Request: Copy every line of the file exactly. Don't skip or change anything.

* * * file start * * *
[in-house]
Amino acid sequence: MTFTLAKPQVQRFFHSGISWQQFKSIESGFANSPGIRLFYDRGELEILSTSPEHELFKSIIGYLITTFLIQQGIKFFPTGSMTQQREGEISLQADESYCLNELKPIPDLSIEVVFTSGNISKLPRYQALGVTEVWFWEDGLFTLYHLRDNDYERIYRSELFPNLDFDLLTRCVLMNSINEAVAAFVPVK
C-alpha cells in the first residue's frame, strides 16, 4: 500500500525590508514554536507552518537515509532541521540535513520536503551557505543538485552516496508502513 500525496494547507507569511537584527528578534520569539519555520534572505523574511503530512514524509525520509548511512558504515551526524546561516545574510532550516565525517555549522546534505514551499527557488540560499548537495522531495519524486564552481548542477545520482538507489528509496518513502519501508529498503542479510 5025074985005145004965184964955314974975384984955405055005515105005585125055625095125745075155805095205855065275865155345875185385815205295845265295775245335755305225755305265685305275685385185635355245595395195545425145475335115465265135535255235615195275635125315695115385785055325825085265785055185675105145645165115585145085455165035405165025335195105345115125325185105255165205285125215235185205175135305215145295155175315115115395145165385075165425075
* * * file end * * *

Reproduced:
[in-house]
Amino acid sequence: MTFTLAKPQVQRFFHSGISWQQFKSIESGFANSPGIRLFYDRGELEILSTSPEHELFKSIIGYLITTFLIQQGIKFFPTGSMTQQREGEISLQADESYCLNELKPIPDLSIEVVFTSGNISKLPRYQALGVTEVWFWEDGLFTLYHLRDNDYERIYRSELFPNLDFDLLTRCVLMNSINEAVAAFVPVK
C-alpha cells in the first residue's frame, strides 16, 4: 500500500525590508514554536507552518537515509532541521540535513520536503551557505543538485552516496508502513 500525496494547507507569511537584527528578534520569539519555520534572505523574511503530512514524509525520509548511512558504515551526524546561516545574510532550516565525517555549522546534505514551499527557488540560499548537495522531495519524486564552481548542477545520482538507489528509496518513502519501508529498503542479510 5025074985005145004965184964955314974975384984955405055005515105005585125055625095125745075155805095205855065275865155345875185385815205295845265295775245335755305225755305265685305275685385185635355245595395195545425145475335115465265135535255235615195275635125315695115385785055325825085265785055185675105145645165115585145085455165035405165025335195105345115125325185105255165205285125215235185205175135305215145295155175315115115395145165385075165425075